The general principles of effective pedagogy remain valid in the context of remote learning, but there are additional challenges facing the remote teacher. The highly effective remote teacher must be proficient in the same domains as the face-toface teacher: planning and teaching well-structured lessons (structure), adapting teaching when appropriate to meet individual needs (adaptation), and making accurate and productive use of assessment (assessment).
However, physical distance between the teacher and learner brings considerable challenges and requires changes to planning, teaching and assessment practices. Online teaching should not try to mimic the entirely synchronous teacher-student engagement of the conventional school. Ensuring equitable outcomes for disadvantaged students is more difficult for remote teachers and requires greater intentional effort. Pedagogical performance is circumscribed by the digital capacity of the teacher. The digital capacity of teachers in some high-income countries is poor and is poorer still in most lowincome countries. Many teachers need professional development support in the use of technologically enhanced pedagogy.
Research highlights the importance of developing and maintaining ‘teaching presence’, in order to ensure that learners thrive when studying remotely. The failure of many MOOCS demonstrates the importance of student persistence and motivation and this, in turn, depends upon substantial teacher-student engagement. There is a well-established theoretical framework for considering the work of teachers in a distance learning context which emphasises the need for proactive planning to ensure ‘teaching presence’. This was developed by the Canadian researchers, Anderson and Garrison.
The remote teacher starts at a disadvantage in terms of social interaction and must therefore deliberately strive to remedy this, making students aware of their teaching presence through many different forms of dialogue with remote students: instructing, guiding, questioning, listening, assessing, advising, admonishing and reassuring as appropriate. Student success depends upon having a strong sense of the teacher’s virtual presence. A well-designed sequence of remote learning will involve frequent, diverse opportunities for the teacher to demonstrate ‘presence’ to students, including assessment activities. Teaching presence can be promoted regardless of whether the main form of remote instruction is via centralised radio/ TV broadcasting or whether students are engaged in online learning with a local school.
It is a false dichotomy to propose that undesirable ‘teacher-centred’ rote learning or desirable ‘student-directed’ enquiry constitute the two main forms of remote pedagogy. The model proposed by Anderson and Garrison is neither ‘teacher-centred’ nor ‘studentdirected’. For them, the effective remote teacher is a subject matter expert skilled in different aspects of ‘direct instruction’, including exposition and explanation. At the same time, students are highly engaged in their own learning. Students are encouraged to take responsibility for their work and to develop metacognitive strategies. Effective teaching presence involves the provision of a well-structured sequence of intellectually engaging learning activities and frequent diagnostic feedback.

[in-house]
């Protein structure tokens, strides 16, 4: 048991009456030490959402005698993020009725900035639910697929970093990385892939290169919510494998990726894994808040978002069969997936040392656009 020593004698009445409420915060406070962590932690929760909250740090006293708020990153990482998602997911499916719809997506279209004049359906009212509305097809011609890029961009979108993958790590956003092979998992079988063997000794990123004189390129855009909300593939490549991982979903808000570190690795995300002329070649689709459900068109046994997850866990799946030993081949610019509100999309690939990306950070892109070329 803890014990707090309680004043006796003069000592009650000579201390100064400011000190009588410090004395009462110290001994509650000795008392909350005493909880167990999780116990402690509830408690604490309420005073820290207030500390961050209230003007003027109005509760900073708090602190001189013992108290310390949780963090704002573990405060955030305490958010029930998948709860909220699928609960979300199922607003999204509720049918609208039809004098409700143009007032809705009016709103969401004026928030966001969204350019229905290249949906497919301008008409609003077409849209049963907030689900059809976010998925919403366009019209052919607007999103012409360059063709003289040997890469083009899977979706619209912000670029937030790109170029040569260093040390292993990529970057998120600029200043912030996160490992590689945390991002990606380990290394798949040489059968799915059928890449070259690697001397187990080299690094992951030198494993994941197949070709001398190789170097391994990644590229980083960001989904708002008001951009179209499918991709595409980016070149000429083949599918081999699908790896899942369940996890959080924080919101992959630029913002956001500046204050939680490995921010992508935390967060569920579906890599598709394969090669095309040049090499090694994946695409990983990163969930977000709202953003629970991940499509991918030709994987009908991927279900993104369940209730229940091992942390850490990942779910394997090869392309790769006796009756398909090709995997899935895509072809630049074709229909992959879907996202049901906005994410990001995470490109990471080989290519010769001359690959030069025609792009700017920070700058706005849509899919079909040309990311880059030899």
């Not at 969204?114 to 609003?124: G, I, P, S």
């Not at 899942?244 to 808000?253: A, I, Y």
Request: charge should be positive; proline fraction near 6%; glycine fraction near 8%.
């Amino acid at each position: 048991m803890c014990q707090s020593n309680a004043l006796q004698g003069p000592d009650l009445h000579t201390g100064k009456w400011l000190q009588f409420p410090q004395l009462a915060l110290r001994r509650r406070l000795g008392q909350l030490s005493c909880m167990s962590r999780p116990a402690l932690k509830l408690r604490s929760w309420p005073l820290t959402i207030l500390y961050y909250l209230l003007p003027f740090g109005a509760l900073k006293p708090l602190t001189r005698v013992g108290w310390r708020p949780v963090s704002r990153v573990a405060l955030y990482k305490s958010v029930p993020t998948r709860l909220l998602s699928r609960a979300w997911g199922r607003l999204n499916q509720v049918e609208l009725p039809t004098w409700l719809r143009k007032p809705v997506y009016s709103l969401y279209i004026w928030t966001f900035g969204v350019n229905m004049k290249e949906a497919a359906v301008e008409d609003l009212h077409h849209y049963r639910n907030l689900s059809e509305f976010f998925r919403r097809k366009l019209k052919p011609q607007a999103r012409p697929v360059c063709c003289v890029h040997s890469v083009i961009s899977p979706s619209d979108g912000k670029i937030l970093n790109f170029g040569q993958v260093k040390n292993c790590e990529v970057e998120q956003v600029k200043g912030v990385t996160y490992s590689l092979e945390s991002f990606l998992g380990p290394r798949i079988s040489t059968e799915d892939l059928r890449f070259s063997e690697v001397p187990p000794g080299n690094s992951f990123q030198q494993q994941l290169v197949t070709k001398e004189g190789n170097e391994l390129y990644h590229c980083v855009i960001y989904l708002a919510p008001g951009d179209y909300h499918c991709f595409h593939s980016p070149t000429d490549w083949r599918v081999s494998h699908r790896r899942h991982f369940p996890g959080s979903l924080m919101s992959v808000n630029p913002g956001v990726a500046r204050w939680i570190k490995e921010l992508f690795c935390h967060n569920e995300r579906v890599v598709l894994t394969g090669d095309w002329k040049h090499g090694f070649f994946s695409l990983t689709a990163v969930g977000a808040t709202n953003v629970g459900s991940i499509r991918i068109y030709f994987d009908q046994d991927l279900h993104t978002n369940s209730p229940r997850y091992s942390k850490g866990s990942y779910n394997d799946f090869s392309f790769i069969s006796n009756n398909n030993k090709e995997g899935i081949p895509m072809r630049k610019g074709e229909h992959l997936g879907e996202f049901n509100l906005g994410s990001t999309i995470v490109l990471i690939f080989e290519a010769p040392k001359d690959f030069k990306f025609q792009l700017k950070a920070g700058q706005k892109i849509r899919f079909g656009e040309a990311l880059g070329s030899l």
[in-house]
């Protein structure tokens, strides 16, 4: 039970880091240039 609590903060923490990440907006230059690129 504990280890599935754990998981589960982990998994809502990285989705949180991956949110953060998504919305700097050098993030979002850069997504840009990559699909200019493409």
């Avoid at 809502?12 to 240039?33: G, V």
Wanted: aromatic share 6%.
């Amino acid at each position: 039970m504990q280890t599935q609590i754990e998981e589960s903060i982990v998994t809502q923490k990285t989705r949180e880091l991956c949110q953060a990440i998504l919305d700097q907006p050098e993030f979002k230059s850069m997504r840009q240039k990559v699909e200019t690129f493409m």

The USA has substantial experience in educating school students via distance learning, but virtual charter schools achieve poor academic outcomes. There are currently about 300,000 students enrolled in the virtual K-12 school sector in the USA. Pedagogical quality expectations are set out in national standards, which were revised in 2019. There has been substantial research into the sector, particularly into learning outcomes and provision in virtual charter schools. Some major studies have been negative about the outcomes and provision offered by these schools. One important study highlights the excessive ‘personalisation’ of provision and the emphasis on ‘self-paced study’ as a factor contributing to student underachievement.
The Chinese government approach to pedagogy during the current school closures provides an interesting case study. The Chinese authorities reviewed the literature and identified key pedagogical risks in moving to remote learning: teachers can be overwhelmed by the curation challenge of organising online resources; teachers need training or support when moving to remote pedagogy; some learners lack mature skills in self-regulation and independent study. The Chinese authorities sought to mitigate these risks and advocated a blend of asynchronous and synchronous teaching and technologically enabled assessment practice. Governments can assist in the curation of learning resources. Creating entirely new learning resources can take up a disproportionate amount of a remote teacher’s time, thereby reducing available time for interaction with students.
Governments can help by providing centralised guidance on suitable learning resources. Open Education Resources (OER) are particularly useful because they allow teachers to modify materials to suit the particular needs of their students. Page 3 of 26 Remote teaching brings challenges, but technology can be used to enhance the impact of distance learning. Whether the medium is radio or TV broadcasting or online learning, remote teaching activities can be designed in ways that maximise cognitive engagement and minimise the risk of passivity on the part of the learner. Students should be frequently encouraged to evaluate their own work and to understand ‘what good looks like’ and how they can take responsibility for improvement.